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The Glorious Mystery of Christian Prayer
Thursday of the Eleventh Week in Ordinary Time
Jesus said to his disciples: “In praying, do not babble like the pagans, who think that they will be heard because of their many words. Do not be like them. Your Father knows what you need before you ask him. This is how you are to pray: ‘Our Father who art in heaven, hallowed be thy name, thy Kingdom come, thy will be done, on earth as it is in heaven. Give us this day our daily bread; and forgive us our trespasses, as we forgive those who trespass against us; and lead us not into temptation, but deliver us from evil.’ If you forgive others their transgressions, your heavenly Father will forgive you. But if you do not forgive others, neither will your Father forgive your transgressions.”
Opening Prayer: I come before you today, Lord, filled with worries, distractions, and concerns. So much noise surrounds me and disturbs me! I believe that you care about everything I care about and, most important, you care about me. And so I turn my attention to you, seeking to grow in wisdom and courage through hearing you speak to my heart. Blessed be your name, O Lord!
- The Mistakes of the Pagans: Jesus cautions us to avoid the kind of babbling prayer used by pagans. He was referring to the impersonal ritualistic practices so common in pre-Christian religions. Prayer for those religions wasn’t about a relationship with God. Prayer was simply a transaction with a higher power. To get what you wanted from the deity you were addressing, you had to make a perfect performance in your ritual of prayer and worship. If you happened to sneeze or cough in the middle of your prayer, you had to start again and go through the whole ritual flawlessly. The meaning of the many words and elaborate rituals was secondary; the simple performance of them was primary. Jesus warns us about this approach to our life of piety because our human nature has a tendency to fall into this routine and ritualism. We all have a tendency to descend into a transactional approach to God and to others. How is my prayer life? Do I just go through the motions when I go to Mass and confession? Do I “say my prayers” without really thinking about the deeper meaning behind the words? What is Jesus saying to me today?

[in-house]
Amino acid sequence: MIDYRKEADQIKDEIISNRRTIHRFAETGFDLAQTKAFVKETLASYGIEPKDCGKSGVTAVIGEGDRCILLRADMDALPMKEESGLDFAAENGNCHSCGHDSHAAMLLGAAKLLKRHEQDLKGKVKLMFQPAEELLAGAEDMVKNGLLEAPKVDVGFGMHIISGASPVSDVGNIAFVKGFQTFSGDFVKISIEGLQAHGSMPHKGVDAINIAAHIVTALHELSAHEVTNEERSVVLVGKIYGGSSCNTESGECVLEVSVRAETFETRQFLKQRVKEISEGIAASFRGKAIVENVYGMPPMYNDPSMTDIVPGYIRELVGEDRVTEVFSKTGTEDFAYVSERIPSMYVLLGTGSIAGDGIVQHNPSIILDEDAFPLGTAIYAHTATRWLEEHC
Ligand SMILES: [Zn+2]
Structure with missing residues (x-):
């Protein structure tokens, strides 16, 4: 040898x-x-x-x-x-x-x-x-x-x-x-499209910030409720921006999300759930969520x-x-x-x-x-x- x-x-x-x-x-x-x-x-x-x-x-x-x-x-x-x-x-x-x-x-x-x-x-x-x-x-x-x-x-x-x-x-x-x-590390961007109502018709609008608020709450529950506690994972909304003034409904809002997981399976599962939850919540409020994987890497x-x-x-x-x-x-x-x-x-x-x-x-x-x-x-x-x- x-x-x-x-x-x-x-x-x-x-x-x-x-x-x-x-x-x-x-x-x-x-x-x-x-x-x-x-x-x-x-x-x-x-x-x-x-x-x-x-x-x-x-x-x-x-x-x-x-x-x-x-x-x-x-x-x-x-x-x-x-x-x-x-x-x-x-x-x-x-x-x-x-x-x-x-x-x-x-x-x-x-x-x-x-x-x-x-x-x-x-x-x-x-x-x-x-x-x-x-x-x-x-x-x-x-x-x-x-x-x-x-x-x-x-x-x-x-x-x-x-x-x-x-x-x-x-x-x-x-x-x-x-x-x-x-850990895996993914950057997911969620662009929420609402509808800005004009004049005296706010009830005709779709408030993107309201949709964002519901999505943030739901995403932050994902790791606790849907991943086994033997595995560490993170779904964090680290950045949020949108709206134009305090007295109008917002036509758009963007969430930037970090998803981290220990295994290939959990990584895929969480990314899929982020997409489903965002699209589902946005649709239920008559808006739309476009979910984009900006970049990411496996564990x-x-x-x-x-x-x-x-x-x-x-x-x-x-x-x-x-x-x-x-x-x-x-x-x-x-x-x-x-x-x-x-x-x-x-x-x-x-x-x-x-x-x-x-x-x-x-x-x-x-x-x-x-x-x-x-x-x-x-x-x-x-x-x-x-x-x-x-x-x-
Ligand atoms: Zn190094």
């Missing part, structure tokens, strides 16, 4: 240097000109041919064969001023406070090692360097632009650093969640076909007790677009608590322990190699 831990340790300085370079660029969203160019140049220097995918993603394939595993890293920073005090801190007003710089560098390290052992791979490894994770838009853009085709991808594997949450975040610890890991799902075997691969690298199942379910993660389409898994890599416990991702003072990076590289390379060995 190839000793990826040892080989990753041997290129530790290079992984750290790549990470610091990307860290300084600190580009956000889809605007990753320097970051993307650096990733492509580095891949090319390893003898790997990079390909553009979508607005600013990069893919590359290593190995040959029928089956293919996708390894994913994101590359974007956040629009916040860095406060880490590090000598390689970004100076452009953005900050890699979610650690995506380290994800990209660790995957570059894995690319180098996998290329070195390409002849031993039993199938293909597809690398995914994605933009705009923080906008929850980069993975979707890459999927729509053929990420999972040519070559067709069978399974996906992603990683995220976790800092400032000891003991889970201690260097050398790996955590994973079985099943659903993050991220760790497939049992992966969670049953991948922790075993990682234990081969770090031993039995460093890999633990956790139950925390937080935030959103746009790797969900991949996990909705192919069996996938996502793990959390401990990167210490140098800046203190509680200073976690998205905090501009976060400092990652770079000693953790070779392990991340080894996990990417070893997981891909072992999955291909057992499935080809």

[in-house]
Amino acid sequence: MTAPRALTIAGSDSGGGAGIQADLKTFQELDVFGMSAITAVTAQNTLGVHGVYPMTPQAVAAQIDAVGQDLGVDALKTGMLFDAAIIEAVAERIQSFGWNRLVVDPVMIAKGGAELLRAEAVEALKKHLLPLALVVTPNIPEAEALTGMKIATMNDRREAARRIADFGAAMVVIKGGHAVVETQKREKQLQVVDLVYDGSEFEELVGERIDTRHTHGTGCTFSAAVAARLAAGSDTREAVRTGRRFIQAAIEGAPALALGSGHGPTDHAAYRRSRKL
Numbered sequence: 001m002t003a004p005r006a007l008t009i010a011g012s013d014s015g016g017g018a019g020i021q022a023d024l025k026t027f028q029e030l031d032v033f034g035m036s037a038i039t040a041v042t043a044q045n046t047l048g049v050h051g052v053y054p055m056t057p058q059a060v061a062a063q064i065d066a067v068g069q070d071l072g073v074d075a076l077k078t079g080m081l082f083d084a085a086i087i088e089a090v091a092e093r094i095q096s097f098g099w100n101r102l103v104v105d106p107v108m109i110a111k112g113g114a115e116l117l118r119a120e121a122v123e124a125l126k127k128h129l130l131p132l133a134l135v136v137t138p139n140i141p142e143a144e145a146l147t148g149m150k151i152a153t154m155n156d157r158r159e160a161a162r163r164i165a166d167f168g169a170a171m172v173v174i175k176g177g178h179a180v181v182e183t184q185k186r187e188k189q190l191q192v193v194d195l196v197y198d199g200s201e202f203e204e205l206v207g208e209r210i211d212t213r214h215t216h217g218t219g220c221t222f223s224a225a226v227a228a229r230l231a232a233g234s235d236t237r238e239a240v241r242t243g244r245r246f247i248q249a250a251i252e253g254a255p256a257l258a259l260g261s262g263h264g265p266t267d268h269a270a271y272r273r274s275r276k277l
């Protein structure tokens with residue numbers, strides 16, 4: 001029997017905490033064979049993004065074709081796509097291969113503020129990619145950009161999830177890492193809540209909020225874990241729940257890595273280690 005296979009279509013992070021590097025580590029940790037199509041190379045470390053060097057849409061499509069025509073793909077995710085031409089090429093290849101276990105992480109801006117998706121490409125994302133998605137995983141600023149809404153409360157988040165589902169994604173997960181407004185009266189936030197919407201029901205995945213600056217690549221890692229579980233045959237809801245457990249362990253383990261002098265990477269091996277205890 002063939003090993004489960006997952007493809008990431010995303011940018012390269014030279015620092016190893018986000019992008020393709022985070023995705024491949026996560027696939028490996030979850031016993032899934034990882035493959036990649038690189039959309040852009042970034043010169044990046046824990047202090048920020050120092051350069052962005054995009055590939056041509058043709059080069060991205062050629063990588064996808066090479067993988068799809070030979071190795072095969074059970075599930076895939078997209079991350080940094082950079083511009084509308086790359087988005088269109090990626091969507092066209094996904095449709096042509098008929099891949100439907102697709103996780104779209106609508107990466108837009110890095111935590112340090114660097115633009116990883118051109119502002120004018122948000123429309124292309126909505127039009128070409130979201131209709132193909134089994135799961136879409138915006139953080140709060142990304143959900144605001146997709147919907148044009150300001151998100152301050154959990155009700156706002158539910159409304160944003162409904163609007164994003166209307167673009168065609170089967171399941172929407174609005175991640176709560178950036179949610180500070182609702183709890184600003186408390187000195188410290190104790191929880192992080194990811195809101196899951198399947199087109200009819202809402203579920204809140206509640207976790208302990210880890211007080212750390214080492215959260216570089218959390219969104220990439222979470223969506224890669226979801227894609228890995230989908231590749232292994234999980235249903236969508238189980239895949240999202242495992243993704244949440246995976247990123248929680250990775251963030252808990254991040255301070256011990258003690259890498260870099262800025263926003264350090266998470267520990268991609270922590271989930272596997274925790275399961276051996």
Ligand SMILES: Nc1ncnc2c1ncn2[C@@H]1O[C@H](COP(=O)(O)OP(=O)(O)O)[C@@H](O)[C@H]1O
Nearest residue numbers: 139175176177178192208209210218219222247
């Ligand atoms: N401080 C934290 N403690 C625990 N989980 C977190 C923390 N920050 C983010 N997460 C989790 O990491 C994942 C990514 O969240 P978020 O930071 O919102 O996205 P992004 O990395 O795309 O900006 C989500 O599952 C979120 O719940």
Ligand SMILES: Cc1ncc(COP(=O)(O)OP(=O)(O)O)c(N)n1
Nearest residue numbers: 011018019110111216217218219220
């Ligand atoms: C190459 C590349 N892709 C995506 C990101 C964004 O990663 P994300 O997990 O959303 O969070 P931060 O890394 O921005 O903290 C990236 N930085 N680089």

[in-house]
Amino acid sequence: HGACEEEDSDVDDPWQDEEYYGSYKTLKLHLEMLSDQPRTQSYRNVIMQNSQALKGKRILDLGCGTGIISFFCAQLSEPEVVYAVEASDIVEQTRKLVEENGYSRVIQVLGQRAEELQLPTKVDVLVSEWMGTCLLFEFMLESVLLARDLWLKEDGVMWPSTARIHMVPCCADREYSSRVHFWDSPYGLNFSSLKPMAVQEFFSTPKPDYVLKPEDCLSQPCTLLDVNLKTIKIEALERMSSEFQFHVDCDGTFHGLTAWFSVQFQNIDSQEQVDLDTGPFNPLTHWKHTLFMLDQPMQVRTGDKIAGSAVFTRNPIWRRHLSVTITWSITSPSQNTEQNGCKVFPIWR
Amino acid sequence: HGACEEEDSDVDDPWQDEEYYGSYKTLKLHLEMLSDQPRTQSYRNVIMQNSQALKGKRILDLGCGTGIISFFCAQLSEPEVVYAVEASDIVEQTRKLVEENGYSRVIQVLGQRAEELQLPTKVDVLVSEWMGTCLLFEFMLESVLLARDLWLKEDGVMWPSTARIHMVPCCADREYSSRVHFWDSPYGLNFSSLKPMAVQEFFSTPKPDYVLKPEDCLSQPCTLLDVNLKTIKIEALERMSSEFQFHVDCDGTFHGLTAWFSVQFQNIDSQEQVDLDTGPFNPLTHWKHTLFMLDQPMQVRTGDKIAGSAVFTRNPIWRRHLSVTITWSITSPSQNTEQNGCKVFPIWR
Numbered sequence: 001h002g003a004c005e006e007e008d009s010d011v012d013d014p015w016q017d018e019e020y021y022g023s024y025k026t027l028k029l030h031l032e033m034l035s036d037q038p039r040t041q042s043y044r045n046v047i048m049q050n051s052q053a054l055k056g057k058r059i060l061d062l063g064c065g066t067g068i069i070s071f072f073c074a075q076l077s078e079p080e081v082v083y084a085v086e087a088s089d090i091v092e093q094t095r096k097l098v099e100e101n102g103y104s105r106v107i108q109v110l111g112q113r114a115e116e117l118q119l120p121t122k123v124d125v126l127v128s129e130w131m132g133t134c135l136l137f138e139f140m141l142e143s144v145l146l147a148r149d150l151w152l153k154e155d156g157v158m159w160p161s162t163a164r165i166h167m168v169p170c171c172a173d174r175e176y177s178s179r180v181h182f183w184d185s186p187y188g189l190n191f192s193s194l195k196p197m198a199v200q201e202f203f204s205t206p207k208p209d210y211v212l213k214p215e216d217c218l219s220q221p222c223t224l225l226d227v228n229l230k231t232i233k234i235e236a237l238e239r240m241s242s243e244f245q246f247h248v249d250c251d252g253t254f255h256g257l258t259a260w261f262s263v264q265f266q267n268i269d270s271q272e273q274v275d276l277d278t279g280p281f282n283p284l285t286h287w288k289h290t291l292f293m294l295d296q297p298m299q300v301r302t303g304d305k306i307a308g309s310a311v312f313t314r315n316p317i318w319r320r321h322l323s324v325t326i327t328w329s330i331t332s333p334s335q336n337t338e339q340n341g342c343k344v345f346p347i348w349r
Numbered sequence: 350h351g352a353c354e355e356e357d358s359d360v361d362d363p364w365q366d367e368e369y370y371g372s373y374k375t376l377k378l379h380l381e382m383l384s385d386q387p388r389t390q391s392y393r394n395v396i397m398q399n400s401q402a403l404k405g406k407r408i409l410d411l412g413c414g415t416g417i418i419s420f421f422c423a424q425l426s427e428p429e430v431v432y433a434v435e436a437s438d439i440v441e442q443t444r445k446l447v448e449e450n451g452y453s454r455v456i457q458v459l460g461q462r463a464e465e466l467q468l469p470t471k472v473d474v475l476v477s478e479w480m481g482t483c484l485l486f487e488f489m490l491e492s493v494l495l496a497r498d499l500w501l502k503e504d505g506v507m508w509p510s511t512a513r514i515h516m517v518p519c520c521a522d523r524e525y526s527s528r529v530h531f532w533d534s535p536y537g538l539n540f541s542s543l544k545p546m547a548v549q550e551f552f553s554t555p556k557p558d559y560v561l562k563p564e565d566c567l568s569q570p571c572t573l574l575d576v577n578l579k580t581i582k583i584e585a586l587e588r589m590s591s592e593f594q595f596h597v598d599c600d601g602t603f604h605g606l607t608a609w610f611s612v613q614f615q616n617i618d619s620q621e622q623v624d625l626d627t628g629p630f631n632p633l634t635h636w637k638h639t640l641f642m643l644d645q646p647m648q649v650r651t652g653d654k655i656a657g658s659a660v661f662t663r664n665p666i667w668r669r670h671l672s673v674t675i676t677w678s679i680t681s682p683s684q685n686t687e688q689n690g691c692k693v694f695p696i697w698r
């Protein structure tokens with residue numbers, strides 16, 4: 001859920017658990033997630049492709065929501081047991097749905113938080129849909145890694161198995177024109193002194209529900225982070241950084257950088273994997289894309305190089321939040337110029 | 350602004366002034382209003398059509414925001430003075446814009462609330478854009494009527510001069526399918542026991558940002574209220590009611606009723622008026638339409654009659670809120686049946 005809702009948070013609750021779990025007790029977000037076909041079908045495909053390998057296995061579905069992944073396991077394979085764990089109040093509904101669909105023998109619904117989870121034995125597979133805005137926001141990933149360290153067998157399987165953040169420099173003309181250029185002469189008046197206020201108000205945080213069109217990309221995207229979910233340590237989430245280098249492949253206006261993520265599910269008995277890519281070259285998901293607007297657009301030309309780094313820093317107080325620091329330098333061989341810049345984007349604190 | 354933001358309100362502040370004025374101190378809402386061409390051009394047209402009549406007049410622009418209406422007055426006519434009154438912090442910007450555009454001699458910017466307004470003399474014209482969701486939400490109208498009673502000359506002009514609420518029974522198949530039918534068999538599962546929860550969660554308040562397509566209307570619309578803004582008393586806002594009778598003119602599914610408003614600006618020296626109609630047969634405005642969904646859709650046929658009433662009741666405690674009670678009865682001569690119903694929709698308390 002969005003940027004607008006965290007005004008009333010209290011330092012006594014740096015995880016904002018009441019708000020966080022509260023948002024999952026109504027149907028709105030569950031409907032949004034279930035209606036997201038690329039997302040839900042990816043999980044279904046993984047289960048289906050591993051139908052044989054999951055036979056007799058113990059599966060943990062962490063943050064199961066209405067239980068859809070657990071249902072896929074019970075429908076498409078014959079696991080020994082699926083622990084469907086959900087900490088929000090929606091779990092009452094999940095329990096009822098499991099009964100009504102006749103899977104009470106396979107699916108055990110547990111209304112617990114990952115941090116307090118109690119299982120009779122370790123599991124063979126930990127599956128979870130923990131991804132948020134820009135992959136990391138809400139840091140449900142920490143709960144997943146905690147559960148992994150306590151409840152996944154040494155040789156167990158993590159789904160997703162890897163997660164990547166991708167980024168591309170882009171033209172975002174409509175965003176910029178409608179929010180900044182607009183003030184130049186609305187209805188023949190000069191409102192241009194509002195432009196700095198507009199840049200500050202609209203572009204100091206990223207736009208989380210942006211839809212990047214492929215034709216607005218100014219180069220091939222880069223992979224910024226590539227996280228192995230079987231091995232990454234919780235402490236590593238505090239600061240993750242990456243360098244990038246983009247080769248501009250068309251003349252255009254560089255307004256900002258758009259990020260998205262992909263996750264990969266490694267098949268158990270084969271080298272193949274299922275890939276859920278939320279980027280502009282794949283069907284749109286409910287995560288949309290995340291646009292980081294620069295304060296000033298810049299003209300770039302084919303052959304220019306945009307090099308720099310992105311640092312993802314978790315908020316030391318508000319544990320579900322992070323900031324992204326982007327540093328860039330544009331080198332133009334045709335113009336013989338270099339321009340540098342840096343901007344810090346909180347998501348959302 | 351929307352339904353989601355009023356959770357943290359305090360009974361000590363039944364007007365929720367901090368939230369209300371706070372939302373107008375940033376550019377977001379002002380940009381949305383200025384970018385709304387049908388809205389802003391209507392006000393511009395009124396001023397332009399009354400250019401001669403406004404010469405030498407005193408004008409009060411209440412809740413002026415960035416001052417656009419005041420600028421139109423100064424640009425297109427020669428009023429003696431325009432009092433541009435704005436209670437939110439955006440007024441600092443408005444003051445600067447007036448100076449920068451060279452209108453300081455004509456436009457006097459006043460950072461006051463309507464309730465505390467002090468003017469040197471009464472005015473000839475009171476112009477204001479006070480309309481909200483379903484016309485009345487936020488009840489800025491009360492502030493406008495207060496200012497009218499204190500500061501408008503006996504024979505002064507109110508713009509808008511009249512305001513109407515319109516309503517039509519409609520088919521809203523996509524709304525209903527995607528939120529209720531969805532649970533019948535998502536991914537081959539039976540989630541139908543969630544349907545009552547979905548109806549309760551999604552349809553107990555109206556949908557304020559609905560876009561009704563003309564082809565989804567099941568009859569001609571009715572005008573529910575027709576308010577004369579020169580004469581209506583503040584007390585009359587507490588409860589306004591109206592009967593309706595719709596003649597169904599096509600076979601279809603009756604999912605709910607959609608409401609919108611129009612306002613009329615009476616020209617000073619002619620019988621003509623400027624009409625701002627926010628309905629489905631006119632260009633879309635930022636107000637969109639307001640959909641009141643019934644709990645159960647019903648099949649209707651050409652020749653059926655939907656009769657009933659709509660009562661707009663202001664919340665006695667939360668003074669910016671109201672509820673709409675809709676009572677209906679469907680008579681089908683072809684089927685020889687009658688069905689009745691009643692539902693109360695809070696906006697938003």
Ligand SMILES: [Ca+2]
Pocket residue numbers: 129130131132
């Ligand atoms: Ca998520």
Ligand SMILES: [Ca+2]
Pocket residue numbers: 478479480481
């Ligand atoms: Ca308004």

- The Essence of Christian Prayer: The “Our Father” is the model for all Christian prayer. In fact, the entire fourth part of the Catechism of the Catholic Church, which beautifully explains the mystery of Christian prayer, is centered around a lengthy exposition of the Lord’s Prayer. In giving us this outline of prayer Jesus reveals what is unique about Christian prayer: It unfolds in a true, interpersonal relationship between the believer and God. This comes across in the first words, “Our Father…” God is not a distant deity for Christians, but a caring, approachable, wise father. He is goodness itself–as comes across in the second line, “who art in heaven”–uncorrupted by evil or ignorance. With the gift of this prayer, Jesus wants to emphasize first and foremost that he came to extend the hand of friendship to us. Jesus is the revelation of God’s desire to be in relationship with us, and prayer is a privileged arena for developing that relationship. In fact, the Catechism actually defines Christian prayer as a relationship in explaining how the fourth part of the Catechism fits in with the first three parts: “‘Great is the mystery of the faith!’ The Church professes this mystery in the Apostles’ Creed (Part One) and celebrates it in the sacramental liturgy (Part Two), so that the life of the faithful may be conformed to Christ in the Holy Spirit to the glory of God the Father (Part Three). This mystery, then, requires that the faithful believe in it, that they celebrate it, and that they live from it in a vital and personal relationship with the living and true God. This relationship is prayer.” (CCC 2558)